Comic Book Series of the Week: The Amazing Spider-Man


Relaunched in July 2018, “The Amazing Spider-Man” creates a grounded Spider-Man with real world issues much like the Spider-Man of the 1960s.

By Parker Otto

In the past year, Marvel Comics has relaunched several classic series of comic books as part of its “Fresh Start” initiative. One of the first series to receive this treatment July 11, 2018, was “The Amazing Spider-Man,” which is now a bi-monthly publication.

Currently written by Nick Spencer, who’s had previous experience with “Iron Man” and “Ant-Man,” the series has taken Peter Parker’s superhero identity of Spider-Man back to his roots as the average man who balances his power and the responsibility that comes with it. Most story arcs of the series last three issues but are filled with heart-pounding action, strong character development and relative morals.

Spider-Man is also equipped with his funny remarks at the supervillains cementing his status as a more lighthearted hero of the Multiverse. In “Amazing Spider-Man issue 3,” released Aug. 8, when Spider-Man fights the Tri-Sentinel, a gigantic robot, he says, “Who even asked for this thing to come back? It’s like the ‘Arrested Development’ comeback, how do you even hope to recreate that magic, right? You can’t! Still some funny parts though.” This kind of meta humor gives the audience a different kind of superhero because of how much fun Peter Parker has in his role as New York City’s hero.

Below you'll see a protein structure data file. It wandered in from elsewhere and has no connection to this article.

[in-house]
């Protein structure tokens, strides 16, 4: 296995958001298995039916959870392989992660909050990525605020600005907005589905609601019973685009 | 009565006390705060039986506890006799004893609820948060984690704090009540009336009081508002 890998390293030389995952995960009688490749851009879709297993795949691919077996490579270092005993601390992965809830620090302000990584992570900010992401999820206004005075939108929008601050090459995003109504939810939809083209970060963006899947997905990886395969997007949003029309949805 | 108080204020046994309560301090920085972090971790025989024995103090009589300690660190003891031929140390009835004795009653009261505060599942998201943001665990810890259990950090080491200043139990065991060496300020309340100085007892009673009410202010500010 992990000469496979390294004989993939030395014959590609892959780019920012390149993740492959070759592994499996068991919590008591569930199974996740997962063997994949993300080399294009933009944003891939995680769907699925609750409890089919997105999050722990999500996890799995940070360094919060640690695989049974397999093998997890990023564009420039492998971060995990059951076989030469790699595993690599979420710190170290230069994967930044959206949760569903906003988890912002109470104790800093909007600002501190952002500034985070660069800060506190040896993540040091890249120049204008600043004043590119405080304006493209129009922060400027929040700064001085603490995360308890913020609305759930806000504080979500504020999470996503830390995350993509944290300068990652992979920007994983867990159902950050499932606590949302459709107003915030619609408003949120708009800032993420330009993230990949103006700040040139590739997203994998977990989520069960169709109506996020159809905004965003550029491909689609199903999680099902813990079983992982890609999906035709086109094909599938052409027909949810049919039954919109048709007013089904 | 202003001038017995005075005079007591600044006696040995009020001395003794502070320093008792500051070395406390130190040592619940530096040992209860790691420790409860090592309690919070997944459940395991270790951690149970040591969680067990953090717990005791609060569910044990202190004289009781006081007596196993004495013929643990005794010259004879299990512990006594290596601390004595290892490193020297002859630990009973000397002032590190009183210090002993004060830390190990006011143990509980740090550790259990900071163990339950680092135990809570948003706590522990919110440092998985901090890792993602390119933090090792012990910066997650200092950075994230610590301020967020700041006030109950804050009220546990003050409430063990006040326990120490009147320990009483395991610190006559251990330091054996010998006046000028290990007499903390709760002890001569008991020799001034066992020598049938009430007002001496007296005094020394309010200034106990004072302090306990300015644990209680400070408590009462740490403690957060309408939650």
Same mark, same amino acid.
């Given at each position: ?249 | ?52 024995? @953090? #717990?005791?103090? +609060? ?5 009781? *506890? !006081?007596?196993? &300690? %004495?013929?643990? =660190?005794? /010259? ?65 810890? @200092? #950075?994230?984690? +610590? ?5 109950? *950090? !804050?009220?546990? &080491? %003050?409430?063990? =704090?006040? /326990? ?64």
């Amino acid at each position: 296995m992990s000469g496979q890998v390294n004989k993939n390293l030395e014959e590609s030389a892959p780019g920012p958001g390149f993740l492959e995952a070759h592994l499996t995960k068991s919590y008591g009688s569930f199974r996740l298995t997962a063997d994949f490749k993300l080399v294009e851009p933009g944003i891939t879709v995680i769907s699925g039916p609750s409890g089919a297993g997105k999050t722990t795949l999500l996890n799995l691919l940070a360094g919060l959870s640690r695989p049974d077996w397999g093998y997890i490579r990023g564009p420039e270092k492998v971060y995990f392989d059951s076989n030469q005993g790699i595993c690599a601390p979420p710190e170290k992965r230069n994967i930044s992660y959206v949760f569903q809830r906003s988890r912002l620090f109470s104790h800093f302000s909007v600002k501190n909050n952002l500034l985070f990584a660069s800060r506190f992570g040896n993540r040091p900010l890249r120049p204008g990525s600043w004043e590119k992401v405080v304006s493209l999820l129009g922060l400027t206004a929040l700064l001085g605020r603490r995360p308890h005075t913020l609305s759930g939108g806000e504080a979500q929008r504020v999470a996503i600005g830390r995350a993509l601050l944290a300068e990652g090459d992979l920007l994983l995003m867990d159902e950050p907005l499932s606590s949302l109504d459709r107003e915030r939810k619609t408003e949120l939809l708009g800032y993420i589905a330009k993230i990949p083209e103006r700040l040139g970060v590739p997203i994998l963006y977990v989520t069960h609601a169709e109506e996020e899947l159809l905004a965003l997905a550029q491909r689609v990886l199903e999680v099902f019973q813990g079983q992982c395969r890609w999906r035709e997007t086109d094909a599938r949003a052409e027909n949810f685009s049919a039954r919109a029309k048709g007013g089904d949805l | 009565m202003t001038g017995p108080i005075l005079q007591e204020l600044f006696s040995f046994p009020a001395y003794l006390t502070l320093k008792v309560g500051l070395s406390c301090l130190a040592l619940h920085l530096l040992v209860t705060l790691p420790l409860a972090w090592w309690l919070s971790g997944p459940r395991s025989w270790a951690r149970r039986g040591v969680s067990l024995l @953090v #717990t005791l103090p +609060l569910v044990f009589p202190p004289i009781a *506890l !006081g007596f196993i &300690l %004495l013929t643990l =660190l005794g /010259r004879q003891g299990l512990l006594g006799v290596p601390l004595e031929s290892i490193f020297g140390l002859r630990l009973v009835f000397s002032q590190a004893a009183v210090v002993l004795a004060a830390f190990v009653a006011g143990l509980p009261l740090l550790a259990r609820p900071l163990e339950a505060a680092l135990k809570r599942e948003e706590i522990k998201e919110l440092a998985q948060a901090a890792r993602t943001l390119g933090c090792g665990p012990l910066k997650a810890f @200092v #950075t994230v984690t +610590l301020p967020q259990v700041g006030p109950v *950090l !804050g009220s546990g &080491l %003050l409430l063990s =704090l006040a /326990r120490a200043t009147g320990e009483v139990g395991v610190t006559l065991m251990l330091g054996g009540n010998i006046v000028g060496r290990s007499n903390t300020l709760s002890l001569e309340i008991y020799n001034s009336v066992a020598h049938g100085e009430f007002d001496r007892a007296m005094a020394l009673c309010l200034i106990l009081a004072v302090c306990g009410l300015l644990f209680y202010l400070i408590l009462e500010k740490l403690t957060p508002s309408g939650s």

In one of the most recent issues, “The Amazing Spider-Man issue 14,” published  Jan. 30, Peter Parker’s Aunt May is depicted helping the homeless when the supervillain The Rhino comes looking for trouble. Spider-Man then swoops in to help, and a fight ensues. While the action grabs the reader’s attention, seeing May help a man with nowhere to go is a heartwarming message to push on the viewers.

The artwork of the series has varied, as multiple pencilers and colorists have worked on the project. The most recent team has been Chris Bachalo serving in both roles. His art is crisp and grungy like the streets of New York with a more subdued color aesthetic. It’s eye catching and simple, so the art can convey what is occuring in the story without being distracting. Previous artists’ work on the series has had more smooth penciling and a bright tone. This current artwork is a nice change of style.

The character of Spider-Man is undoubtedly one of the best superheroes ever created. His relatability and lust to do the right thing has made fans buy the comics he’s in and see his movies on the big screen. This latest series of the web-slinger has carried on what makes people love Spider-Man by combining moral truths with fast-paced action. The relaunch has been successful at bringing newcomers into the long-running Marvel canon without being bombarded with lots of backstory.